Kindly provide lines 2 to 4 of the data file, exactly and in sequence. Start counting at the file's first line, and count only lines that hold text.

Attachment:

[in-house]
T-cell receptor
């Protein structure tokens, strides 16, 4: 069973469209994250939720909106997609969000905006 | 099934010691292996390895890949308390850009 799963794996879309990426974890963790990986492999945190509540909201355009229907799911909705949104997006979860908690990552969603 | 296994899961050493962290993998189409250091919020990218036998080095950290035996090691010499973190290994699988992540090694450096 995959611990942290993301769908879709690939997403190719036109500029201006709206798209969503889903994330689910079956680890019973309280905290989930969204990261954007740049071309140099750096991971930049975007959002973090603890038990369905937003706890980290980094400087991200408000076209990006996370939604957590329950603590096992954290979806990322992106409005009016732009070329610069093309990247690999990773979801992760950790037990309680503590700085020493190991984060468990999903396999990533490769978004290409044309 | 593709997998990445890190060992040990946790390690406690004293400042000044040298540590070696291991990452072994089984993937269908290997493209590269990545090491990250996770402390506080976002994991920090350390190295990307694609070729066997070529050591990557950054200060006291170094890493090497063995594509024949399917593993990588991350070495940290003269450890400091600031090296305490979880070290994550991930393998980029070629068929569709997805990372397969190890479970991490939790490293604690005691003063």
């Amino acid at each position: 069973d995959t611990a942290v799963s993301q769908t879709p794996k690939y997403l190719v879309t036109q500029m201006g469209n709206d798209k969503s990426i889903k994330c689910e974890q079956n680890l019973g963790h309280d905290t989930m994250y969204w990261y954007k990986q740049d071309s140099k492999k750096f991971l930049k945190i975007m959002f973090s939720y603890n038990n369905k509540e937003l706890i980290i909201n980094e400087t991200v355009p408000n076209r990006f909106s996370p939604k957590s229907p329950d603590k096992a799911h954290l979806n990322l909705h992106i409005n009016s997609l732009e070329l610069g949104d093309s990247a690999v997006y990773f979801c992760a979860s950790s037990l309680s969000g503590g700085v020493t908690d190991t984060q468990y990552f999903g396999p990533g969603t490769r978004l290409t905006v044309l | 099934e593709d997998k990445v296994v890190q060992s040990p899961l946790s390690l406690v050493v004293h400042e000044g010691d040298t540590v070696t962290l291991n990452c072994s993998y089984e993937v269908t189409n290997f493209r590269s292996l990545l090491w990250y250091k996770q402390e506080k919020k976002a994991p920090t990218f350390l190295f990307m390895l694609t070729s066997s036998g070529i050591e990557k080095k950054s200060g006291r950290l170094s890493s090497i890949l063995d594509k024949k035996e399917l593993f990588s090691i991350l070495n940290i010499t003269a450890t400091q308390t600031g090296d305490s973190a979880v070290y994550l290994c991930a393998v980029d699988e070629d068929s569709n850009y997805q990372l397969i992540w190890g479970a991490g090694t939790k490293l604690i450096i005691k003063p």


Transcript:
T-cell receptor
């Protein structure tokens, strides 16, 4: 069973469209994250939720909106997609969000905006 | 099934010691292996390895890949308390850009 799963794996879309990426974890963790990986492999945190509540909201355009229907799911909705949104997006979860908690990552969603 | 296994899961050493962290993998189409250091919020990218036998080095950290035996090691010499973190290994699988992540090694450096 995959611990942290993301769908879709690939997403190719036109500029201006709206798209969503889903994330689910079956680890019973309280905290989930969204990261954007740049071309140099750096991971930049975007959002973090603890038990369905937003706890980290980094400087991200408000076209990006996370939604957590329950603590096992954290979806990322992106409005009016732009070329610069093309990247690999990773979801992760950790037990309680503590700085020493190991984060468990999903396999990533490769978004290409044309 | 593709997998990445890190060992040990946790390690406690004293400042000044040298540590070696291991990452072994089984993937269908290997493209590269990545090491990250996770402390506080976002994991920090350390190295990307694609070729066997070529050591990557950054200060006291170094890493090497063995594509024949399917593993990588991350070495940290003269450890400091600031090296305490979880070290994550991930393998980029070629068929569709997805990372397969190890479970991490939790490293604690005691003063």
């Amino acid at each position: 069973d995959t611990a942290v799963s993301q769908t879709p794996k690939y997403l190719v879309t036109q500029m201006g469209n709206d798209k969503s990426i889903k994330c689910e974890q079956n680890l019973g963790h309280d905290t989930m994250y969204w990261y954007k990986q740049d071309s140099k492999k750096f991971l930049k945190i975007m959002f973090s939720y603890n038990n369905k509540e937003l706890i980290i909201n980094e400087t991200v355009p408000n076209r990006f909106s996370p939604k957590s229907p329950d603590k096992a799911h954290l979806n990322l909705h992106i409005n009016s997609l732009e070329l610069g949104d093309s990247a690999v997006y990773f979801c992760a979860s950790s037990l309680s969000g503590g700085v020493t908690d190991t984060q468990y990552f999903g396999p990533g969603t490769r978004l290409t905006v044309l | 099934e593709d997998k990445v296994v890190q060992s040990p899961l946790s390690l406690v050493v004293h400042e000044g010691d040298t540590v070696t962290l291991n990452c072994s993998y089984e993937v269908t189409n290997f493209r590269s292996l990545l090491w990250y250091k996770q402390e506080k919020k976002a994991p920090t990218f350390l190295f990307m390895l694609t070729s066997s036998g070529i050591e990557k080095k950054s200060g006291r950290l170094s890493s090497i890949l063995d594509k024949k035996e399917l593993f990588s090691i991350l070495n940290i010499t003269a450890t400091q308390t600031g090296d305490s973190a979880v070290y994550l290994c991930a393998v980029d699988e070629d068929s569709n850009y997805q990372l397969i992540w190890g479970a991490g090694t939790k490293l604690i450096i005691k003063p």